Same-sex Marriage Law Ruling Clears the Way for Same-sex Divorces

Since 2009, same-sex couples have married and celebrated their unions in one of the 37 states that recognized gay or lesbian marriages. Anyone who marries expects the union to last. However, this is not always the case, and consequently, many same-sex couples had faced a new problem. If they moved to a state that didn’t recognize their marriage, how would they divorce? Many states have divorce residency requirements, and some requirements are up to a year of residency. Moving to a state that recognizes same-sex marriage for the purpose of obtaining a divorce is not always practical. Anyone forced to stay in an unwanted marriage can tell you how stressful that is. When trying to break up the marriage, same-sex couples face the typical legal issues of property division, alimony and in some cases child custody and support. You don’t realize how many legal protections the divorce process provides until you try to dissolve a marriage without such protections. The legal complexity was often overwhelming, and so same-sex couples stayed married and hoped for better legal times. Even when they managed to separate property, etc. the fact of marriage remained, preventing them from looking for another partner and remarrying. In June, when the U.S. Supreme Court ruled to recognize same-sex marriages across the nation, this changed the legal landscape for same-sex divorce. The Wall Street Journal reported about various couples obtaining divorces in Georgia and Louisiana. If your same-sex marriage isn’t working out and you’re considering divorce, consult with our attorneys at C.E. Borman & Associates. We can explain the legal process and will work diligently to make your divorce...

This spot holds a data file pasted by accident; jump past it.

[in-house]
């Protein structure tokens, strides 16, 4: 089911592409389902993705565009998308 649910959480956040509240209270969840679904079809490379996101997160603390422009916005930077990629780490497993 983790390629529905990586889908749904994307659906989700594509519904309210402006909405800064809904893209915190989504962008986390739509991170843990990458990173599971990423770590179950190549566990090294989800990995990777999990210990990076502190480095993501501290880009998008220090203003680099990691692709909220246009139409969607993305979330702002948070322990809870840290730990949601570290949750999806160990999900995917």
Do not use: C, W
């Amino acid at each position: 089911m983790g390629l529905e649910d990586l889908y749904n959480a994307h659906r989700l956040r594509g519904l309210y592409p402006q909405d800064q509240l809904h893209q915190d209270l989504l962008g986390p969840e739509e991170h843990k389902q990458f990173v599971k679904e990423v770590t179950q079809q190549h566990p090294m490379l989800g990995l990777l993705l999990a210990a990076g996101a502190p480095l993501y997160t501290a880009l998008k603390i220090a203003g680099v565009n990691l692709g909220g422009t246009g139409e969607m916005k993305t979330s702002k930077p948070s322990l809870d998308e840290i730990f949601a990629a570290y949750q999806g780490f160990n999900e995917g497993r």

U.S. Supreme Court Begins Hearing Arguments about Same-Sex Marriage Issues

On April 28, 2015, the Supreme Court began hearing arguments on combined same-sex marriage cases brought before the court. According to USA Today and various media outlets, the Supreme Court is fairly divided between conservative and liberal justices, with Supreme Court Justice Anthony Kennedy (conservative) as the most likely swing vote among the justices. Predictions are that the ruling, whichever way it goes, will be a 5-4 ruling. Some of the arguments being posed include: “…if Sue loves Joe and Tom loves Joe, Sue can marry him and Tom can’t. And the difference is based upon their different sex. Why isn’t that a straightforward question of sexual discrimination?” (Chief Justice John Roberts) “The word that keeps coming back to me in this case is ‘millennia. This definition has been with us for millennia. It’s very difficult for the court to say, ‘Oh, well, we know better.'” (Justice Anthony Kennedy) “You’re not seeking to join the institution, you’re seeking to change what the institution is.” (Chief Justice Roberts) Arguing on behalf of same-sex couples married elsewhere but living in a state that bans same-sex marriage, Douglas Hallward-Driemeier stated, “If you choose to get married in your state, just don’t move to ours. That’s the cost of federalism.” Joseph Whalen, Tennessee’s Associate Solicitor General, said his state and others that “have done nothing here but stand pat” should not have to abide by other states’ marriage laws. In debating how the ruling would lead to other socio-legislative ramifications, the liberal justices debated against the argument that allowing same-sex marriage would harm the relationships of opposite-sex couples and lead to more out-of-wedlock...